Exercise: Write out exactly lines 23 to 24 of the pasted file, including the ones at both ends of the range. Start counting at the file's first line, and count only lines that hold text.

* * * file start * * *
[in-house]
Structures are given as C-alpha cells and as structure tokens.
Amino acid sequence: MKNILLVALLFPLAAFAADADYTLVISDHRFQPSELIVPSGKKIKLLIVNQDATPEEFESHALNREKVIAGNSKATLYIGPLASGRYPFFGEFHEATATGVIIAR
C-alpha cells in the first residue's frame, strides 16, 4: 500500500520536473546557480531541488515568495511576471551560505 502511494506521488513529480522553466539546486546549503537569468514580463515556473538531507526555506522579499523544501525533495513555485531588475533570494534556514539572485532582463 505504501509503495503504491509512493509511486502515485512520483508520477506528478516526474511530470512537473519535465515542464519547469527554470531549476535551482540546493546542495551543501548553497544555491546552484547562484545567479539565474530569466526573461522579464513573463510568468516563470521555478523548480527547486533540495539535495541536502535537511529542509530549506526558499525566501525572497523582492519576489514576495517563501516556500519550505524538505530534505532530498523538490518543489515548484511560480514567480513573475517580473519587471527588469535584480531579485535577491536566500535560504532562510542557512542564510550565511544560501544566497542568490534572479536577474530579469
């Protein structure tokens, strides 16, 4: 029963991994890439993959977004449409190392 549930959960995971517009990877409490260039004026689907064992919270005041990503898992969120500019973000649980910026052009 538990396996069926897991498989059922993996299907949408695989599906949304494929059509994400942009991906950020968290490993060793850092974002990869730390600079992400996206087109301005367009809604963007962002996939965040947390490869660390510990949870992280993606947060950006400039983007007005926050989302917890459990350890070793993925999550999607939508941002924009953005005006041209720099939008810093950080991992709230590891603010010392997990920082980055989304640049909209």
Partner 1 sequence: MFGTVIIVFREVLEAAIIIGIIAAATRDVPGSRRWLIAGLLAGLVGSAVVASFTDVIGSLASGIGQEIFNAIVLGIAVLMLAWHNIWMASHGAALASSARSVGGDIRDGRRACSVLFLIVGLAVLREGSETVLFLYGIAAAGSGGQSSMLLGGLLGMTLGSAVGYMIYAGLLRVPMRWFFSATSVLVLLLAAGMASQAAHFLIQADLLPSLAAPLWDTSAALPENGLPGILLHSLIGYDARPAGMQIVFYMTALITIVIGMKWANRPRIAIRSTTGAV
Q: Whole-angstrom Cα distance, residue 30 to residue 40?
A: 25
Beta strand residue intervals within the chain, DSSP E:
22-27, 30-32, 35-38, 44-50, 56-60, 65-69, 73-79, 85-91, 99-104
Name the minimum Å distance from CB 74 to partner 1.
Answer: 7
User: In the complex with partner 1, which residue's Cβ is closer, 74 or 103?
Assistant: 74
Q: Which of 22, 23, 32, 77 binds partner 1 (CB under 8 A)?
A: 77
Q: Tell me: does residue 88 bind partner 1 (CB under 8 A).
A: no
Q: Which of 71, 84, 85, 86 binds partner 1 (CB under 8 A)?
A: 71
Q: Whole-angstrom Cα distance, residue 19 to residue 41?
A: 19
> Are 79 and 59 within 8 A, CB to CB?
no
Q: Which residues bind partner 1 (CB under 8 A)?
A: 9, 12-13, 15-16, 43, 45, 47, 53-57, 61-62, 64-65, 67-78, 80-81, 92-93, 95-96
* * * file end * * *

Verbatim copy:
> Are 79 and 59 within 8 A, CB to CB?
no